The College offers a Master of Public Administration and Policy, a Master of Science in Applied and Computational Mathematics, a Master of Science in Criminology and Criminal Justice, a Master of Science in Environmental Science, and a Master of Science in Psychology with tracks in Health Psychology and Clinical Health Psychology. See the UM-Dearborn Graduate Catalog for admission requirements, complete program descriptions and a listing of graduate courses.
The College offers eleven certificates: African and African American Studies, Arab American Studies, Arabic Translation, Food Studies, French Translation, Geospatial Analysis and Mapping, Global Engagement, LGBTQ Studies, Mathematics for Finance, Media Production, Middle East Studies, Professional Language and Cross-Cultural Competency, Public Relations, and Writing.
Consult the program description in this Catalog for additional information and requirements.
- Actuarial Mathematics
- African and African American Studies
- Applied Statistics
- Art History
- Behavioral and Biological Sciences
- Behavioral Sciences
- Biological Sciences
- Business Studies (as a 2nd major only)
- Chemistry (ACS Certified)
- Chemistry (Instructional track)
- Criminology and Criminal Justice
- Environmental Science
- Environmental Studies
- French Studies
- Geological Sciences
- Hispanic Studies
- Individual Program of Study
- Integrated Science
- Integrative Studies
- International Studies
- Journalism and Screen Studies
- Political Science
- Professional Writing and Rhetoric
- Social Studies
- Urban and Regional Studies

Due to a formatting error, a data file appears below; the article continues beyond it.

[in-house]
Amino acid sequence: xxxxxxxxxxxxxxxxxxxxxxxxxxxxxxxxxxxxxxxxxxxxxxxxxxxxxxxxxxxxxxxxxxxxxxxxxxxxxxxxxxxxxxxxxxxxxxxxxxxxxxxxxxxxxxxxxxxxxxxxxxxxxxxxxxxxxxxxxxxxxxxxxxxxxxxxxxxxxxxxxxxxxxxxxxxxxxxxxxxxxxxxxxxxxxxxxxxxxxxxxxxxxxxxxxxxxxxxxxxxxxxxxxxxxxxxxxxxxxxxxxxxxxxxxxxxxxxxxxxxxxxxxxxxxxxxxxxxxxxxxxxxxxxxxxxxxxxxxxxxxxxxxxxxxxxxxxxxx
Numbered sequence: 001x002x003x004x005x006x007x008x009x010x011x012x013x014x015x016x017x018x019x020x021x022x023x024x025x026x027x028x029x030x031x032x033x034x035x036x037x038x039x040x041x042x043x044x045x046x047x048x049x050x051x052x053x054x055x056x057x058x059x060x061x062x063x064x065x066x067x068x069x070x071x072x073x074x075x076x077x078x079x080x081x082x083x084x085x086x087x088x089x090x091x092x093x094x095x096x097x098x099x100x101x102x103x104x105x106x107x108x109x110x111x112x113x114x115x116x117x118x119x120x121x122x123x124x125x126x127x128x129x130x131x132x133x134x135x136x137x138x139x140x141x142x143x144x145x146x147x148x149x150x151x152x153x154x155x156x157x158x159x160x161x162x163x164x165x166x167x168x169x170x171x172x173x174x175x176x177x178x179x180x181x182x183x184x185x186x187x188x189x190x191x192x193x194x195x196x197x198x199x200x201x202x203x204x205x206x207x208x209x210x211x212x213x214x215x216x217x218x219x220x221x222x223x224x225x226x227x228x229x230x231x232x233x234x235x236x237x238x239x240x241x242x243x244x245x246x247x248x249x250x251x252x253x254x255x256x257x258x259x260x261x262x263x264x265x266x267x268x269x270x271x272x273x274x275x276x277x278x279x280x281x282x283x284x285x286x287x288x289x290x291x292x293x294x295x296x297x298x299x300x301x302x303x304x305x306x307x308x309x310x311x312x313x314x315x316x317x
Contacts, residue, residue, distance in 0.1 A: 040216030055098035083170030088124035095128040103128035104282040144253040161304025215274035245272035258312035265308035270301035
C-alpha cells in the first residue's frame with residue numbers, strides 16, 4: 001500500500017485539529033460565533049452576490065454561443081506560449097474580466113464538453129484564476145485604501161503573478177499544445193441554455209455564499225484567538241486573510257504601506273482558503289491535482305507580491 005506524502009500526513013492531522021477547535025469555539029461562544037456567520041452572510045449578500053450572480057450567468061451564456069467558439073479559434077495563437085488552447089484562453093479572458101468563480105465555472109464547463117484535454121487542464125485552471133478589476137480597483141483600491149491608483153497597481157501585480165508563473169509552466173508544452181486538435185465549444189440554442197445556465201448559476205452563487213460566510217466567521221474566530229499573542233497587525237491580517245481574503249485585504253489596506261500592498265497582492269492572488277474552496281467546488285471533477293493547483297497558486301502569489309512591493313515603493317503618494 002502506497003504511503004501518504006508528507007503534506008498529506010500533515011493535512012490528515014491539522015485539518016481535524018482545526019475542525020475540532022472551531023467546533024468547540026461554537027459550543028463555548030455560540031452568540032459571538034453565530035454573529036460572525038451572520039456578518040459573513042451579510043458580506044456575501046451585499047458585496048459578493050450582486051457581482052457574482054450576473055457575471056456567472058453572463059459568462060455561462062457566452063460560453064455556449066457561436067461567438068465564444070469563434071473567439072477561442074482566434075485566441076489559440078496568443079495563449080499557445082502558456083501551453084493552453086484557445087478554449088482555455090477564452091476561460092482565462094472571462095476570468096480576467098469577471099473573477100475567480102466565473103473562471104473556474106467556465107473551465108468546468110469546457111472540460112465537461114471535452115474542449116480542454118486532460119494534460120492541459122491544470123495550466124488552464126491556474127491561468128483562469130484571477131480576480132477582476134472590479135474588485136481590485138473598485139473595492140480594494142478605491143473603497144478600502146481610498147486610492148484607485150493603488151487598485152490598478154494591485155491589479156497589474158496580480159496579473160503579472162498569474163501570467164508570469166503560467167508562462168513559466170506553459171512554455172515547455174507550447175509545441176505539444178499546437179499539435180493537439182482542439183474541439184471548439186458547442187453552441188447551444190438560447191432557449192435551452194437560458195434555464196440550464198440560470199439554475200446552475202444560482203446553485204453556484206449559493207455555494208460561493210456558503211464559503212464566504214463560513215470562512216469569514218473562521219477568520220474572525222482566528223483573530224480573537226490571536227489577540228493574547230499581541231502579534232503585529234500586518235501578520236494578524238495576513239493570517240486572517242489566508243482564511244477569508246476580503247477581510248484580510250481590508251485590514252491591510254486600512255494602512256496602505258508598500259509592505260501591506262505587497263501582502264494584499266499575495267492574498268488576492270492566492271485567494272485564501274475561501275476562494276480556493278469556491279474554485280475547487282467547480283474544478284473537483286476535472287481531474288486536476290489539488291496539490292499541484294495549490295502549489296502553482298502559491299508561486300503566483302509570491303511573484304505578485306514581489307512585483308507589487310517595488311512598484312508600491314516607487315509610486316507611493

- Women's and Gender Studies
- African and African American Studies
- Applied Art
- Applied Statistics
- Arab American Studies
- Art History
- Biological Sciences
- Chemistry (ACS Certified)
- Community Change
- Comparative Literature
- Computer and Computational Mathematics
- Criminology and Criminal Justice
- Environmental Science
- Environmental Studies
- Film Studies
- French/French Studies
- Global Cultures
- Hispanic Studies
- Journalism and Screen Studies
- Law and Society
- Leadership & Communication in Organizations
- Medieval and Renaissance Studies
- Organizational Change in a Global Environment
- Political Science
- Religious Studies
- Science and Technology Studies
- Social Science Research Methodology
- Society and Technological Change
- Urban and Regional Studies
- Women's and Gender Studies
- African and African American Studies
- Arab American Studies
- Arabic Translation
- Food Studies
- French Translation
- Geospatial Analysis and Mapping
- Global Engagement
- LGBTQ Studies
- Mathematics for Finance
- Media Production
- Middle East Studies
- Professional Language and Cross Cultural Competency
- Public Relations
Hershock, Martin J., PhD, Dean
Scarlatta, Gabriella M., PhD, Associate Dean
Lachance, Michael, PhD, Associate Dean